To grasp the significance of Laybourne’s work—and the technical obstacles she was up against—it helps to briefly consider what we now know about bird strikes. In short, they happen all the time and involve all types of birds. In 2019 the FAA logged 17,270 bird strikes (or 47 a day) and that’s likely a conservative count because reporting bird strikes is voluntary. The range of birds that have been hit over the years reads like a field guide to North America: Brown Pelicans, Magnificent Frigatebirds, Great Blue Herons, Tricolored Herons, Little Blue Herons, Green Herons, Turkey Vultures, Bald Eagles, American Kestrels, Laughing Gulls, Forster’s Terns, Anna’s Hummingbirds, Red-breasted Sapsuckers, Golden-crowned Kinglets, Grasshopper Sparrows, Red-winged Blackbirds, and so on.
You can rest easy knowing that it is exceedingly rare for a bird strike to have catastrophic consequences. Flight 375 remains the deadliest crash caused by birds, but there have been other incidents. Astronaut Theodore Freeman died in 1964 when a Canada Goose crashed through the cockpit of a fighter jet he was piloting. In 1995 a U.S. Air Force aircraft with 24 people aboard crashed in Alaska after hitting a flock of Canada Geese, killing everyone. There have also been notable close calls in recent years, including the “Miracle on the Hudson” when Chesley “Sully” Sullenberger landed an Airbus A320 in the Hudson River after the plane hit migratory geese. A similar event occurred last year in Russia, when a pilot nailed some gulls near Moscow and had to make an emergency landing in a cornfield.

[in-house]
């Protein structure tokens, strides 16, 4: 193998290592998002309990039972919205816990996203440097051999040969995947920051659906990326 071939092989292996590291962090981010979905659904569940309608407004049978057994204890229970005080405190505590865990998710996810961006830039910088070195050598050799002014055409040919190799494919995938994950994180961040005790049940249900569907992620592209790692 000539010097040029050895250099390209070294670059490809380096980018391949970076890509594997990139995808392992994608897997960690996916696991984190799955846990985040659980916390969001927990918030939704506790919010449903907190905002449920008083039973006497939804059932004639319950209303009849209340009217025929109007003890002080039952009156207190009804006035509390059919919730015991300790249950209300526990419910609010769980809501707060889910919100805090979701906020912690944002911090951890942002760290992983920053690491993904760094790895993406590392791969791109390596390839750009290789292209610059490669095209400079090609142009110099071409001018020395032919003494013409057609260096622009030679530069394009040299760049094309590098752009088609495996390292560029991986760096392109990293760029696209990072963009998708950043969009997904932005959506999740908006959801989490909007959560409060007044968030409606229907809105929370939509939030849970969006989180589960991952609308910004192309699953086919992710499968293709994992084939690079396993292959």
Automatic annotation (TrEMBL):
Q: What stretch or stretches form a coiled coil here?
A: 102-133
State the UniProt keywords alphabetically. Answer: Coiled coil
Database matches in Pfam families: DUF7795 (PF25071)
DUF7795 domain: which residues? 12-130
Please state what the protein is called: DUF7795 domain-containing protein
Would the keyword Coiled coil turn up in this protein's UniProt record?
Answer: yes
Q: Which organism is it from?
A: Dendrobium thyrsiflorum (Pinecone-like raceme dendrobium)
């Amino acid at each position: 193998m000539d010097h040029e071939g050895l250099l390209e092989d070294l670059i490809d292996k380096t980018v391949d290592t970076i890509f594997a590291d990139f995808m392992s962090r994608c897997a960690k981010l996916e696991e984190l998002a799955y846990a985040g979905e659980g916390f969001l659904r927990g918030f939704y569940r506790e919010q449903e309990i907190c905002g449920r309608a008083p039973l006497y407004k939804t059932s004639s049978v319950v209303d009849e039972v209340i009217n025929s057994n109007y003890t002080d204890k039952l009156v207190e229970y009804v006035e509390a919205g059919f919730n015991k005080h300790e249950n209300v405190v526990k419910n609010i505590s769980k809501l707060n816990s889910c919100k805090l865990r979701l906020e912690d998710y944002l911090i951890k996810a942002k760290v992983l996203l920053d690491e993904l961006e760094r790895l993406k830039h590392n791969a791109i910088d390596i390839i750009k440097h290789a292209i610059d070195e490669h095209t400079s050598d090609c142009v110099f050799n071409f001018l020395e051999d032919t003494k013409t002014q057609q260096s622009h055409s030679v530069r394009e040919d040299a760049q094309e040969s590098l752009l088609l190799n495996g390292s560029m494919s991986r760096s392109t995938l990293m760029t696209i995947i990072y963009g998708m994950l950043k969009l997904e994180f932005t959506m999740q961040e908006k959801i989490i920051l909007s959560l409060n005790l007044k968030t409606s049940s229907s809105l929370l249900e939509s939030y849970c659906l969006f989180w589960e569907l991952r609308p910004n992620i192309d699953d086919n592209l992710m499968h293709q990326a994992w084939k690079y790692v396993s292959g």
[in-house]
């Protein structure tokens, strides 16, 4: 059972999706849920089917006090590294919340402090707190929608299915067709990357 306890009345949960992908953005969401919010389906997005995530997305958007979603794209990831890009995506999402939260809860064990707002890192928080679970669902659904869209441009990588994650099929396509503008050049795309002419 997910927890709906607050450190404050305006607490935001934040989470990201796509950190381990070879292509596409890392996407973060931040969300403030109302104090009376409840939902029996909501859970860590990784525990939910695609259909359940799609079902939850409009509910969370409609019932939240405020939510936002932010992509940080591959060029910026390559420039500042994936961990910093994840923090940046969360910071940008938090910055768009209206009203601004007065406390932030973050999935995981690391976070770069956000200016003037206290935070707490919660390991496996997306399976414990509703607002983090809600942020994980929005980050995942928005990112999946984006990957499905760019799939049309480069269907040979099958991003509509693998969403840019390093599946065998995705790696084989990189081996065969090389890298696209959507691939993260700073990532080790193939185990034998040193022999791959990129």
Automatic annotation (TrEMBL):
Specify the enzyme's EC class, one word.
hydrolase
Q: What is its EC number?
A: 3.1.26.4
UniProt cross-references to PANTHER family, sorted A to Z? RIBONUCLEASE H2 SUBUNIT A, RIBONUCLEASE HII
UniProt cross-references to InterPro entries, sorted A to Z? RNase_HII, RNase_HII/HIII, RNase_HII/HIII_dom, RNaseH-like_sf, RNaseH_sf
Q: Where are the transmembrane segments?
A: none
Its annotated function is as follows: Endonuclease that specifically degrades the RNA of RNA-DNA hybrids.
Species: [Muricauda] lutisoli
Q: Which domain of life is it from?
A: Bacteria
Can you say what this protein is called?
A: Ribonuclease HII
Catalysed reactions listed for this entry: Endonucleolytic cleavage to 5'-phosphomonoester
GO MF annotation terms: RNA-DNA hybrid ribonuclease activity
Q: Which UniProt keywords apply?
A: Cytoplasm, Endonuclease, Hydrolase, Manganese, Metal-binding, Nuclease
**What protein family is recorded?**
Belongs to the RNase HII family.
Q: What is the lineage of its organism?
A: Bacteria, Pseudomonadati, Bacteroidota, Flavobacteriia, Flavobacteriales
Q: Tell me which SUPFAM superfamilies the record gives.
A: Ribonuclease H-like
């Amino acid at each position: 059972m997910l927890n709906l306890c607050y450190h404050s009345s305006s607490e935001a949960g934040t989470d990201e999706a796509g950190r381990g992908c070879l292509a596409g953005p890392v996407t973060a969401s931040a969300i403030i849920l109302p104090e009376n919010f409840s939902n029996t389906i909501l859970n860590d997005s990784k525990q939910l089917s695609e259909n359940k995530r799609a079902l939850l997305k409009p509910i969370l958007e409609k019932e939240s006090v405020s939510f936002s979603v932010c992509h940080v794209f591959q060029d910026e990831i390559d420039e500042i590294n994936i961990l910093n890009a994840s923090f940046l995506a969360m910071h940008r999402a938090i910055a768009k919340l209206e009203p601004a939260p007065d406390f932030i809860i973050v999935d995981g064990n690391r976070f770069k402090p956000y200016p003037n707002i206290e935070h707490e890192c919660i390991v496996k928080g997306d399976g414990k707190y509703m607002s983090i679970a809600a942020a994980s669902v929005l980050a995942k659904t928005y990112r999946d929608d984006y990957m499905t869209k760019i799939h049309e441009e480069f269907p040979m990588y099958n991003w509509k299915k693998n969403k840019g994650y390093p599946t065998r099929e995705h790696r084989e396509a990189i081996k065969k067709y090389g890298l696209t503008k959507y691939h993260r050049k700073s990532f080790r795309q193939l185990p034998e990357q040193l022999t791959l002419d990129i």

In any case, when a small bird collides with a goliath aircraft, it can get pretty disgusting. All that’s typically left of the bird is a putrid mix of blood, guts, feathers, muscle, and tissue that aviation insiders refer to as “snarge”—a mash-up of snot and garbage. Sometimes a pilot will see the strike happen and alert the ground crew to look out for the evidence; other times a mechanic will discover bits of feather in an engine or a splat of snarge on the aircraft’s nose during routine maintenance and collect a sample for inspection.
Up until Flight 375, nobody gave a hoot about snarge. Airplanes had been hitting birds for as long as man has been flying: Wilbur Wright recorded the first bird strike in 1905. And few people considered some three-ounce passerines hazardous to the big-body aircraft that were taking over the skies.
In the wake of Boston, it became painfully clear that birds can be a threat that should be tracked and studied. It was critical to determine what types of birds were getting hit, but there was no blueprint for how to turn a smidgen of snarge into an accurate identification. It wasn’t even clear if it could really be done. The work was going to be messy, tedious, and oh-so complicated. If anyone had the ornithological chops and intellectual grit to work through the puzzles of snarge, it was Laybourne.
Laybourne was born in Fayetteville, North Carolina, in 1910 and developed an early appreciation for the transformative power of the automobile and airplane. Her father was a mechanic, and her grandfather ran a blacksmith shop that had pivoted to accommodate the sudden rise of the automobile. “In one part of it he was shoeing horses, and in the other part, working on cars,” she said. “We grew up with engines.”